Victoria Duffield (5)
Vincent Vallieres (3)
Virginia To Vegas (5)
Vita Chambers
Walk Off the Earth (8)
Wes Mack (3)
William Deslauriers
Yan Etchevary
Yes Mccan
You+Me (3)
Young Artists for Haiti
Zeds Dead

The 100 Biggest Canadian Artist Hits of the 2010s Decade

1,036 songs involving Canadian artists debuted on the Billboard Hot 100 through the decade!

We tracked these and assigned points to each. Every weekly Billboard Canadian Hot 100 chart position for a song was subtracted from 101 and then the results were tallied. We then sorted the songs from the highest to lowest points and determined the top 100. If tied, we gave the higher rank to the higher peak position. If those were tied as well, then we gave the nod to the song that spent the most weeks on the charts.

We consider Canadian artist songs to be songs where the main artist is a Canadian citizen or one of two co-credited main artists. We also count songs where the main artist is foreign but 100% of the featured artists are Canadian. If, for example the main artist is American and there are two featured artists, one being British and the other being Canadian, we do not consider this a Canadian artist song.

All songs on this list debuted on the Billboard Canadian Hot 100 between January 1, 2010 and December 31, 2019. Songs that debuted in 2009 are excluded even if they continued to chart into 2010. Songs that were still on the charts at the end of 2019 are marked with an asterisk (*) indicating that their chart performance may not be over yet. There are only three of these.

Let’s count these beauties down from #100 to #1. Which one is your favourite?

Decade Rank – Title – Artist – Peak Position – Peak Date – Weeks on Charts

100 – When We Stand Together – Nickelback – #10 – 2011-Dec-07 – 20 weeks
99 – I Was a Fool – Tegan and Sara – #19 – 2013-Jul-10 – 22 weeks
98 – Desperate Measures – Marianas Trench – #20 – 2012-Aug-01 – 25 weeks
97 – Pray for Me – The Weeknd & Kendrick Lamar – #5 – 2018-Mar-20 – 20 weeks
96 – Headlines – Drake – #18 – 2011-Nov-09 – 23 weeks
95 – U Can Have It All – JRDN – #20 – 2010-Dec-15 – 24 weeks
94 – It’s You – Ali Gatie – #25 – 2019-Oct-29 – 26 weeks
93 – Breathing Underwater – Metric – #22 – 2013-Oct-02 – 28 weeks
92 – Hurt Me Tomorrow – K’Naan – #12 – 2012-Aug-22 – 22 weeks
91 – Love Me Harder – The Weeknd & Ariana Grande – #10 – 2014-Dec-03 – 20 weeks
90 – No Guidance – Chris Brown ft. Drake – #7 – 2019-Jun-18 – 22 weeks
89 – Never Be Like You – Flume ft. Kai – #21 – 2016-Oct-04 – 28 weeks
88 – Jealous – Chromeo – #12 – 2014-Jun-04 – 23 weeks
87 – Find Your Love – Drake – #10 – 2010-Jun-23 – 21 weeks
86 – Electric – Shawn Desman – #23 – 2011-Feb-16 – 26 weeks
85 – Let Your Hair Down – MAGIC! – #20 – 2014-Nov-19 – 25 weeks
84 – Passionfruit – Drake – #2 – 2017-Mar-28 – 22 weeks
83 – Shut Up and Dance – Victoria Duffield – #12 – 2011-Dec-14 – 24 weeks
82 – Look Alive – BlocBoy JB ft. Drake – #4 – 2018-Feb-20 – 20 weeks
81 – Kiss Goodnight – Tyler Shaw – #24 – 2013-May-08 – 27 weeks
80 – We Are Stars – Virginia to Vegas ft. Alyssa Reid – #14 – 2014-Apr-23 – 25 weeks
79 – Lost Boy – Ruth B – #14 – 2016-Jun-20 – 28 weeks
78 – Wavin’ Flag – Young Artists for Haiti – #1 – 2010-Mar-17 – 20 weeks
77 – Body Bounce – Kardinal Offishall – #16 – 2010-May-26 – 25 weeks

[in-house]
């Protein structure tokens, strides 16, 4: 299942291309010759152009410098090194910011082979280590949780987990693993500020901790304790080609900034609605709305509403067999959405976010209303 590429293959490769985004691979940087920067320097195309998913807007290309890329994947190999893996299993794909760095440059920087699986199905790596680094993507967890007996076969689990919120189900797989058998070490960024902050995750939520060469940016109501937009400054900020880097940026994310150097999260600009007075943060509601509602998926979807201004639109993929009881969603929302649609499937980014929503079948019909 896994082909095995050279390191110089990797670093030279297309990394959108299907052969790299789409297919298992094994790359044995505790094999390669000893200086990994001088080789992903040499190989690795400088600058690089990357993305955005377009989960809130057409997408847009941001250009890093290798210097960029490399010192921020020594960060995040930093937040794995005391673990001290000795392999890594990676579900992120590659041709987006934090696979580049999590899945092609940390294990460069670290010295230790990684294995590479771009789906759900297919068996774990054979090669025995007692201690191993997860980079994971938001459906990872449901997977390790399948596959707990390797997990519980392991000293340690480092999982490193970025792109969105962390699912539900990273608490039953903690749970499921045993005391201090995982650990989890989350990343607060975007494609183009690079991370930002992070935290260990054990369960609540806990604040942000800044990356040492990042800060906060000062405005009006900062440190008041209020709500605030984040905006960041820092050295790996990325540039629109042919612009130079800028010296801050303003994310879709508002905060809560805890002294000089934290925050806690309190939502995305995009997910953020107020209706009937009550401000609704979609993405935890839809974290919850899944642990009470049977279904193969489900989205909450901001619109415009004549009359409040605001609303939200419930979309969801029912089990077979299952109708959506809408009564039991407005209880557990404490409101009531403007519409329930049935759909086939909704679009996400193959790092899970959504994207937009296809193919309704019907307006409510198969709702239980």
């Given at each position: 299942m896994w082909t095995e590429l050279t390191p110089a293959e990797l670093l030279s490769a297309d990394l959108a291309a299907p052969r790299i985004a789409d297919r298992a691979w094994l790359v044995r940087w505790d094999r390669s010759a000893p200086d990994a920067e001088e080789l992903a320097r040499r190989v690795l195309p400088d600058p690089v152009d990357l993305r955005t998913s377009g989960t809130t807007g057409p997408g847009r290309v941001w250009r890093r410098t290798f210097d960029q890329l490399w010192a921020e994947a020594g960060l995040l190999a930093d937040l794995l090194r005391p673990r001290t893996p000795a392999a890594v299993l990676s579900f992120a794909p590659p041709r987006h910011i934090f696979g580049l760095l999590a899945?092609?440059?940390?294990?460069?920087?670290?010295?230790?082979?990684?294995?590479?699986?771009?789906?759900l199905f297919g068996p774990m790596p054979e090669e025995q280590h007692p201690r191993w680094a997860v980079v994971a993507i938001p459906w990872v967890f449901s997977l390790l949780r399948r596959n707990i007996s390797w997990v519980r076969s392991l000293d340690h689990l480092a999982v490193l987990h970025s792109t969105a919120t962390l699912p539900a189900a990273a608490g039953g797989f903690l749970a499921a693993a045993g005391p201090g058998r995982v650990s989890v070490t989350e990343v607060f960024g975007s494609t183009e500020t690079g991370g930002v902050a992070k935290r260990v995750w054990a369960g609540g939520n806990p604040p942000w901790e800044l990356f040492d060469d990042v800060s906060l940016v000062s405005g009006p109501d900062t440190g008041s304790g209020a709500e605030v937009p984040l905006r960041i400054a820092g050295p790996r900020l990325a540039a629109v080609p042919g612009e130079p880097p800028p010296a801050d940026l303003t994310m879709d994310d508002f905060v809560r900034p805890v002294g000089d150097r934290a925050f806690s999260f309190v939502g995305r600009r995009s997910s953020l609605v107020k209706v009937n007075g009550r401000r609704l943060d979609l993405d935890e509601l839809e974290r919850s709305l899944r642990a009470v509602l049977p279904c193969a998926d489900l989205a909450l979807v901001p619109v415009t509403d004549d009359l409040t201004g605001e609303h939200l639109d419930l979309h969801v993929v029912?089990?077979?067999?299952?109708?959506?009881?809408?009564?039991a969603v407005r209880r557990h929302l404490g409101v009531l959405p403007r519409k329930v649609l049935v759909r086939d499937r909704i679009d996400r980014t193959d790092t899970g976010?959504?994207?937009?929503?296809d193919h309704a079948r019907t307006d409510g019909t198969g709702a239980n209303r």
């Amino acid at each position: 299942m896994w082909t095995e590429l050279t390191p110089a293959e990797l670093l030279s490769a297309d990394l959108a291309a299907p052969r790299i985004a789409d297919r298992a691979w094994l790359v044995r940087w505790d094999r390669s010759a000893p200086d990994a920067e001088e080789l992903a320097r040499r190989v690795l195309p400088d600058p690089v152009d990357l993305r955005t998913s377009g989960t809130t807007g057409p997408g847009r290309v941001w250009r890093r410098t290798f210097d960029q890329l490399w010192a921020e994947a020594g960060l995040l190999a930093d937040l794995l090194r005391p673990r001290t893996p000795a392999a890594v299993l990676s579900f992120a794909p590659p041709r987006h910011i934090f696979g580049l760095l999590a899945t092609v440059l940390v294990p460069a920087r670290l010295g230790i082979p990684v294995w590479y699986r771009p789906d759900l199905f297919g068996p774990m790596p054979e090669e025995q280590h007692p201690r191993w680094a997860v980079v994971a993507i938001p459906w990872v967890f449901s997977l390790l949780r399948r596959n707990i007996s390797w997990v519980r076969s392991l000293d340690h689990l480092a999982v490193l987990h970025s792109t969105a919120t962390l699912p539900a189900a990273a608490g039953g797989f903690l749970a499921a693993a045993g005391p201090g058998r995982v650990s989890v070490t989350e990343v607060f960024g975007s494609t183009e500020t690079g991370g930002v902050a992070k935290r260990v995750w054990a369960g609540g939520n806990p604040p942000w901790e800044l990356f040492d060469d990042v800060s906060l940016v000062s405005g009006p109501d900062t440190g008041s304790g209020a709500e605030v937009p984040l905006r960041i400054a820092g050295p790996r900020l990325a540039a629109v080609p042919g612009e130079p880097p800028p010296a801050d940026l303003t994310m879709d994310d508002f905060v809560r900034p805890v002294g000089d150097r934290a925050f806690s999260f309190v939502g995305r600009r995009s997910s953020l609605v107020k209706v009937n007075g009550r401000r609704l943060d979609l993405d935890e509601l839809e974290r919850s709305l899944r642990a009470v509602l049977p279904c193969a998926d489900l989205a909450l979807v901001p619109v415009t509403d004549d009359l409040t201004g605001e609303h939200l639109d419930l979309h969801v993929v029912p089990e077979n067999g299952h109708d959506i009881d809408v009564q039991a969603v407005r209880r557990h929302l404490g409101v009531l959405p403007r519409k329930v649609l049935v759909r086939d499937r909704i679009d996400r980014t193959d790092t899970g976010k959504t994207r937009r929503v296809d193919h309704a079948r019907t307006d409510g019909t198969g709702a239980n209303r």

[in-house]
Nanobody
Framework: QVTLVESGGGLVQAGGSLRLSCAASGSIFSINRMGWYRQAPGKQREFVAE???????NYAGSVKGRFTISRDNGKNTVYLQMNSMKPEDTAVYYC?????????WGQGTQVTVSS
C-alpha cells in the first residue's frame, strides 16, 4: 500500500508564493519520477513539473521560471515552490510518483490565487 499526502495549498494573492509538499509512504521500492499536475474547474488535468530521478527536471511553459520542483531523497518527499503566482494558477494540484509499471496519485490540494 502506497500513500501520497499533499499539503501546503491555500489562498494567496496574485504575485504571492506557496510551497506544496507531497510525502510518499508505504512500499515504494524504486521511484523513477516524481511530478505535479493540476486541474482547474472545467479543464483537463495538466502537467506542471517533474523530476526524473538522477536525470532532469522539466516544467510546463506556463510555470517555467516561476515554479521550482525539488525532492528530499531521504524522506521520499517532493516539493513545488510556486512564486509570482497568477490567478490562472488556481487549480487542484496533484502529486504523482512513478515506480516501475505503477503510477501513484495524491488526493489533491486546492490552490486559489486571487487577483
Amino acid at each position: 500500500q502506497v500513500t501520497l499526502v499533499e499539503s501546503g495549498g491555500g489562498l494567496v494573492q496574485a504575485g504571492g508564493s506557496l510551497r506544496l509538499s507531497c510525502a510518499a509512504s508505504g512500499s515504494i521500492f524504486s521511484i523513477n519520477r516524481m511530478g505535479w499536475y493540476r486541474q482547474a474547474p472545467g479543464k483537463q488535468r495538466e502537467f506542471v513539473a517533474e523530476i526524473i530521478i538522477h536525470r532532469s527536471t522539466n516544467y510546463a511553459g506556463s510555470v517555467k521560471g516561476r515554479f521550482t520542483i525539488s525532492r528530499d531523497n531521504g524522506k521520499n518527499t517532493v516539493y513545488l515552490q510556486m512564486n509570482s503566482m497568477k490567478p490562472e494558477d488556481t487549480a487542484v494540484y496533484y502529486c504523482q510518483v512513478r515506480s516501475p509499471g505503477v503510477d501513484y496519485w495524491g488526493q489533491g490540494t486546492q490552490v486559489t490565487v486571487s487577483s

76 – I’m Not Alright – Loud Luxury & Bryce Vine – #13 – 2019-Oct-08 – 23 weeks
75 – What’s My Name – Rihanna ft. Drake – #5 – 2010-Dec-22 – 22 weeks
74 – Mercy – Shawn Mendes – #22 – 2017-Jan-31 – 30 weeks
73 – In My Blood – Shawn Mendes – #9 – 2018-Apr-03 – 24 weeks
72 – Heaven In Our Headlights – Hedley – #14 – 2014-Aug-27 – 25 weeks
71 – Ghost – Fefe Dobson – #14 – 2010-Aug-11 – 27 weeks
70 – Invincible – Hedley – #9 – 2011-Nov-16 – 25 weeks
69 – Money in the Grave – Drake – #5 – 2019-Jun-25 – 24 weeks
68 – Fake Love – Drake – #10 – 2016-Nov-08 – 25 weeks
67 – Beauty and a Beat – Justin Bieber – #4 – 2012-Dec-19 – 24 weeks
66 – Sound of Your Heart – Shawn Hook – #23 – 2015-May-27 – 34 weeks
65 – Night Like This – Shawn Desman – #22 – 2010-Sep-08 – 28 weeks
64 – Stuttering – Fefe Dobson – #10 – 2010-Dec-29 – 27 weeks
63 – Con Calma – Daddy Yankee ft. Snow – #6 – 2019-Jun-18 – 29 weeks
62 – Lalala* – Y2K & bbno$ – #10 – 2019-Oct-01 – 27 weeks
61 – Your Man – Down with Webster – #12 – 2010-Apr-14 – 29 weeks
60 – Chills – Down with Webster – #19 – 2014-Apr-02 – 34 weeks
59 – As Long As You Love Me – Justin Bieber – #9 – 2012-Sep-26 – 27 weeks
58 – Closer – Tegan and Sara – #13 – 2013-Feb-06 – 32 weeks
57 – Hideaway – Kiesza – #5 – 2014-Aug-13 – 30 weeks
56 – Scars to Your Beautiful – Alessia Cara – #14 – 2016-Nov-22 – 30 weeks
55 – Jackie Chan – Dzeko & Tiesto ft. Preme & Post Malone – #7 – 2018-Jul-31 – 28 weeks
54 – Something Big – Shawn Mendes – #11 – 2015-Feb-11 – 31 weeks
53 – Jet Lag – Simple Plan – #11 – 2011-Jul-13 – 29 weeks
52 – Earned It – The Weeknd – #8 – 2015-Mar-18 – 29 weeks
51 – Nice for What – Drake – #1 – 2018-Apr-17 – 25 weeks
50 – Brand New Chick – Anjulie – #16 – 2011-Aug-31 – 33 weeks
49 – Going Bad – Meek Mill ft. Drake – #3 – 2018-Dec-11 – 29 weeks
48 – Take Care – Drake – #15 – 2012-Feb-15 – 31 weeks
47 – What I Wouldn’t Do – Serena Ryder – #8 – 2013-Aug-14 – 30 weeks
46 – Stay – Alessia Cara & Zedd – #9 – 2017-Apr-11 – 29 weeks
45 – Wild Things – Alessia Cara – #14 – 2016-Apr-18 – 33 weeks
44 – If I Can’t Have You – Shawn Mendes – #2 – 2019-May-14 – 29 weeks
43 – Life of the Party – Shawn Mendes – #9 – 2014-Oct-15 – 34 weeks
42 – Too Good – Drake – #9 – 2016-Jul-12 – 30 weeks
41 – Good Time – Carly Rae Jepsen & Owl City – #1 – 2012-Aug-29 – 31 weeks
40 – I Feel It Coming – The Weeknd – #10 – 2017-Mar-21 – 33 weeks
39 – Summer Paradise – Simple Plan – #8 – 2012-Jul-11 – 35 weeks